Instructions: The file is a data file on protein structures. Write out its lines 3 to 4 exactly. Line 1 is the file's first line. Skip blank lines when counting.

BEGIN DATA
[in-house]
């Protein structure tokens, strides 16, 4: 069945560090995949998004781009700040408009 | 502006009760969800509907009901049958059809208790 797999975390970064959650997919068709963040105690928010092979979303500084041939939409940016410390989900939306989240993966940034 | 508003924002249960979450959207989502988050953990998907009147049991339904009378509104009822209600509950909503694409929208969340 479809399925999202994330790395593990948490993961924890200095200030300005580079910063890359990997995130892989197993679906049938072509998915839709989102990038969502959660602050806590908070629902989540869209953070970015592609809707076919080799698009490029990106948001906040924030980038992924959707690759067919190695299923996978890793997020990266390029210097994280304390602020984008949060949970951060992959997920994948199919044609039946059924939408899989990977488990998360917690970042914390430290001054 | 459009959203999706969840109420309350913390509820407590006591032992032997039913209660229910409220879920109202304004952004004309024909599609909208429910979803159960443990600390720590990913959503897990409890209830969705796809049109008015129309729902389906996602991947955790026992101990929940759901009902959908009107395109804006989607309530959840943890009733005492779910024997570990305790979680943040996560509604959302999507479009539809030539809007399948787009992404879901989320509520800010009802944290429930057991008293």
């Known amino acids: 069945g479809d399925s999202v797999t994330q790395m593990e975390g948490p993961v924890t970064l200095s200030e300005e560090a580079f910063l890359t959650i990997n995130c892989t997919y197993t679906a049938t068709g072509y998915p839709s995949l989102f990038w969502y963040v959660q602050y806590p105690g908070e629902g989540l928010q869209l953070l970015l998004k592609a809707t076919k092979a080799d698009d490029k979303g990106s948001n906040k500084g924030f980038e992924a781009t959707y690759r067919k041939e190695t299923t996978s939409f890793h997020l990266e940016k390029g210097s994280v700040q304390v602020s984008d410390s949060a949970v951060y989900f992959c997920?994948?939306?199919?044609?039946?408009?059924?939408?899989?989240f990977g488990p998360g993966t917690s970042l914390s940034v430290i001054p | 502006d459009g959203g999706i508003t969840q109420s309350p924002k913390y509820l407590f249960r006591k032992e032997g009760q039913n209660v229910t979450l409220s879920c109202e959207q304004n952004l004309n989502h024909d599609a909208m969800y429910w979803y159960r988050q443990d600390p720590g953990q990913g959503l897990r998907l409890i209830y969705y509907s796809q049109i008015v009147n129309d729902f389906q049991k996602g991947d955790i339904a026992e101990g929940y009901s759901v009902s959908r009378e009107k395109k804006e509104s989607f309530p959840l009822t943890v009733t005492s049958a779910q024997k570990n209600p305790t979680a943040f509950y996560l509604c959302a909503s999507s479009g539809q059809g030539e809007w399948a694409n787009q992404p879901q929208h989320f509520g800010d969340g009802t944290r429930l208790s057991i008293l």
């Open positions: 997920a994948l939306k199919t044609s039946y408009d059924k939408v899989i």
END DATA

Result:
């Known amino acids: 069945g479809d399925s999202v797999t994330q790395m593990e975390g948490p993961v924890t970064l200095s200030e300005e560090a580079f910063l890359t959650i990997n995130c892989t997919y197993t679906a049938t068709g072509y998915p839709s995949l989102f990038w969502y963040v959660q602050y806590p105690g908070e629902g989540l928010q869209l953070l970015l998004k592609a809707t076919k092979a080799d698009d490029k979303g990106s948001n906040k500084g924030f980038e992924a781009t959707y690759r067919k041939e190695t299923t996978s939409f890793h997020l990266e940016k390029g210097s994280v700040q304390v602020s984008d410390s949060a949970v951060y989900f992959c997920?994948?939306?199919?044609?039946?408009?059924?939408?899989?989240f990977g488990p998360g993966t917690s970042l914390s940034v430290i001054p | 502006d459009g959203g999706i508003t969840q109420s309350p924002k913390y509820l407590f249960r006591k032992e032997g009760q039913n209660v229910t979450l409220s879920c109202e959207q304004n952004l004309n989502h024909d599609a909208m969800y429910w979803y159960r988050q443990d600390p720590g953990q990913g959503l897990r998907l409890i209830y969705y509907s796809q049109i008015v009147n129309d729902f389906q049991k996602g991947d955790i339904a026992e101990g929940y009901s759901v009902s959908r009378e009107k395109k804006e509104s989607f309530p959840l009822t943890v009733t005492s049958a779910q024997k570990n209600p305790t979680a943040f509950y996560l509604c959302a909503s999507s479009g539809q059809g030539e809007w399948a694409n787009q992404p879901q929208h989320f509520g800010d969340g009802t944290r429930l208790s057991i008293l």
């Open positions: 997920a994948l939306k199919t044609s039946y408009d059924k939408v899989i």